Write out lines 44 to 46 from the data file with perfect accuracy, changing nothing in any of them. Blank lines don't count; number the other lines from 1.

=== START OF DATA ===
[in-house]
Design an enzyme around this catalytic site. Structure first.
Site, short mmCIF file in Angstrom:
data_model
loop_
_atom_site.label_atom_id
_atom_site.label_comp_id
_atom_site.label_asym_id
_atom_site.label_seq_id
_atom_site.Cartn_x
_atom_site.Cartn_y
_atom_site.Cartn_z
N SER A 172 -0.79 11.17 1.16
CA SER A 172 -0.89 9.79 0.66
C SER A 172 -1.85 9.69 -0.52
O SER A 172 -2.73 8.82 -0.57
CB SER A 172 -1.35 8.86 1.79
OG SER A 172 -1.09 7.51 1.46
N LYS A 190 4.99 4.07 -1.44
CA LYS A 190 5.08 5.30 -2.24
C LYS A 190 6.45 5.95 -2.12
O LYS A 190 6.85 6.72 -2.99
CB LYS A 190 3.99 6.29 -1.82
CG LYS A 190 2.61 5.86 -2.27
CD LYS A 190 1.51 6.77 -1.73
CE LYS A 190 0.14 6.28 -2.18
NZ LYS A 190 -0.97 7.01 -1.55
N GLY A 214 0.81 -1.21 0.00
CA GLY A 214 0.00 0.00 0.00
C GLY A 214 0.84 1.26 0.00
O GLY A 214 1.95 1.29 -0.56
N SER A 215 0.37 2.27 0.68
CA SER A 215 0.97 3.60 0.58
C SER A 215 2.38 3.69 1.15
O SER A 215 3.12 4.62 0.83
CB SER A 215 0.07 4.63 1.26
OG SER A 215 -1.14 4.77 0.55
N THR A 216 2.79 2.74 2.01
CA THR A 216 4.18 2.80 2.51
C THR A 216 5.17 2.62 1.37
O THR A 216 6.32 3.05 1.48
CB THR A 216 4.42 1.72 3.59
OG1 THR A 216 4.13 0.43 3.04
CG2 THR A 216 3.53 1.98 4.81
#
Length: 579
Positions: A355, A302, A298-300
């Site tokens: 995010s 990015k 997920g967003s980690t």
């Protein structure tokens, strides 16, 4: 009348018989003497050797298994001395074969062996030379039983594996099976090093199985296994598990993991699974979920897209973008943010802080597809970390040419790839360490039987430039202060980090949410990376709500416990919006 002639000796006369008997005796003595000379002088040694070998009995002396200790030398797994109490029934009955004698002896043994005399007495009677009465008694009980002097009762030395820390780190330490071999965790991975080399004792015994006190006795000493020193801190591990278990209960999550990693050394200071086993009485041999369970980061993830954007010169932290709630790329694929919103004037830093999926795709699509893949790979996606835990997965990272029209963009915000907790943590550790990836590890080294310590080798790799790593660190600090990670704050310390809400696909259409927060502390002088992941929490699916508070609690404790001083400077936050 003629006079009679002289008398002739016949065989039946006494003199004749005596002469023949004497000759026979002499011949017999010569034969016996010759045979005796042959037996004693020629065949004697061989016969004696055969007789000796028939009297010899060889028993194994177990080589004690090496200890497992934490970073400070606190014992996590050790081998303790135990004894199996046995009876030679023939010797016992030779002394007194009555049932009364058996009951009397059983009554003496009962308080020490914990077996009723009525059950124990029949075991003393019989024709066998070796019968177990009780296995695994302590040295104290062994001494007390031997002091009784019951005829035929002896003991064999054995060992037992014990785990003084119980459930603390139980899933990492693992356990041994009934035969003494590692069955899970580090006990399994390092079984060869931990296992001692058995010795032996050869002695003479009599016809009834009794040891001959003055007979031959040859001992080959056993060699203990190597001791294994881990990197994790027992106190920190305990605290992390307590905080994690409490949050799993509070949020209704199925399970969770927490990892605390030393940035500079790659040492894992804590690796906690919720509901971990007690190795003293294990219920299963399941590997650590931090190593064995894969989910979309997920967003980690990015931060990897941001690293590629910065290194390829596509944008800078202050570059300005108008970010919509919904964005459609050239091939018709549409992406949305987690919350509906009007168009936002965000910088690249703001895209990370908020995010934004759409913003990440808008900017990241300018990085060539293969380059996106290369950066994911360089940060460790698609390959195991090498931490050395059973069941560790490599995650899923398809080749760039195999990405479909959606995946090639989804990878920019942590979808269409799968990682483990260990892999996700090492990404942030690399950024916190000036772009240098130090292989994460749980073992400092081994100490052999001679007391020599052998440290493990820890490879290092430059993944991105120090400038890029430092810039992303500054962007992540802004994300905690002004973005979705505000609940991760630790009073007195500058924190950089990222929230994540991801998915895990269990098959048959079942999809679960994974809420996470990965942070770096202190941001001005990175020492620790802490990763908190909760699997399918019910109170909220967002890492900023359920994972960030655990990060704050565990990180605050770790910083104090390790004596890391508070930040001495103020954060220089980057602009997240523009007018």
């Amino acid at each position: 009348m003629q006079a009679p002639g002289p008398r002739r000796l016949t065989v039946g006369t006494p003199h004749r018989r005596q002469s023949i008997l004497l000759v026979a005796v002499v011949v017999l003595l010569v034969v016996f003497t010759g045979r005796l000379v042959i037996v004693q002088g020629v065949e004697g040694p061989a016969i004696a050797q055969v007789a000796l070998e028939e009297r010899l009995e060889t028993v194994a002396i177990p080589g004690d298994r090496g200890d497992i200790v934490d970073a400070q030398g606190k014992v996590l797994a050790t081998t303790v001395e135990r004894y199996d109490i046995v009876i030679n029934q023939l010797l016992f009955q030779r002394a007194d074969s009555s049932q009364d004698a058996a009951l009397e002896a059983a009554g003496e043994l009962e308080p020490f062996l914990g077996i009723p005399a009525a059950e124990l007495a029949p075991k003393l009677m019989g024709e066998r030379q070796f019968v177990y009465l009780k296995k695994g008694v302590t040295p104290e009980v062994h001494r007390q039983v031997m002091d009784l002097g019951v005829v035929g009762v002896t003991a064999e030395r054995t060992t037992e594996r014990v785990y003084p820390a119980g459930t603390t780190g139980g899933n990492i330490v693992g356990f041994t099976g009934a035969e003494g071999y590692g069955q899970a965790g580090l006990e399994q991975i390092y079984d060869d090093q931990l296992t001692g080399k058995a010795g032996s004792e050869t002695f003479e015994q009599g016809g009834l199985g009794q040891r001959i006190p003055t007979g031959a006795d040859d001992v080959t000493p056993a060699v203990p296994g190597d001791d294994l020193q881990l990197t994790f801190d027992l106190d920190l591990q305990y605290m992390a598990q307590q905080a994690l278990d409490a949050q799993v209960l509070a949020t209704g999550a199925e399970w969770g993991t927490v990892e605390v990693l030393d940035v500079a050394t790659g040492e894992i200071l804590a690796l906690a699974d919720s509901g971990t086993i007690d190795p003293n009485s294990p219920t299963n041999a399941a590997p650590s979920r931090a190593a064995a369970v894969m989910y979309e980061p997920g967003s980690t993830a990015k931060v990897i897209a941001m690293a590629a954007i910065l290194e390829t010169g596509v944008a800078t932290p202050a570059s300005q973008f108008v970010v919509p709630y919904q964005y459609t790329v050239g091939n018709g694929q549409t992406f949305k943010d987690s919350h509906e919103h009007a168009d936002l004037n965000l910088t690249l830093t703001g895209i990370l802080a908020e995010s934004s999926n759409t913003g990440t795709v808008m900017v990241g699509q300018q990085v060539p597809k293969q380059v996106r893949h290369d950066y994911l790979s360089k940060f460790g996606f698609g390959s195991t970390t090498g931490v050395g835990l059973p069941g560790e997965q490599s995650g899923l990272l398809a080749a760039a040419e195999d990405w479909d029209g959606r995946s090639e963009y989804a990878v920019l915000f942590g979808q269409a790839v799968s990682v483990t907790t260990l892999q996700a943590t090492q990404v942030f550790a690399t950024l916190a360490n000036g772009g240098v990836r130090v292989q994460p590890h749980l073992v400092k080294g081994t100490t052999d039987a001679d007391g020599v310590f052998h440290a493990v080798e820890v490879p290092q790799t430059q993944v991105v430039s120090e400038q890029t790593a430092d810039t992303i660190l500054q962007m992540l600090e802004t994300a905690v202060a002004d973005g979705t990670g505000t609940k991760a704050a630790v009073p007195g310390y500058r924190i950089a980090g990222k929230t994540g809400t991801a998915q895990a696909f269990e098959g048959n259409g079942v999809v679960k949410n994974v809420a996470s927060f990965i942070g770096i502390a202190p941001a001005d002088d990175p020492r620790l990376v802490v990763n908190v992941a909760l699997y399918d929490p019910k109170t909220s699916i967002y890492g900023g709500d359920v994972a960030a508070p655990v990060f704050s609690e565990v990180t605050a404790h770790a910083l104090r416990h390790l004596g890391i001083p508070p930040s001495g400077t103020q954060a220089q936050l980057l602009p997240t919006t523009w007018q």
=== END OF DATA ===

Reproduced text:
CG2 THR A 216 3.53 1.98 4.81
#
Length: 579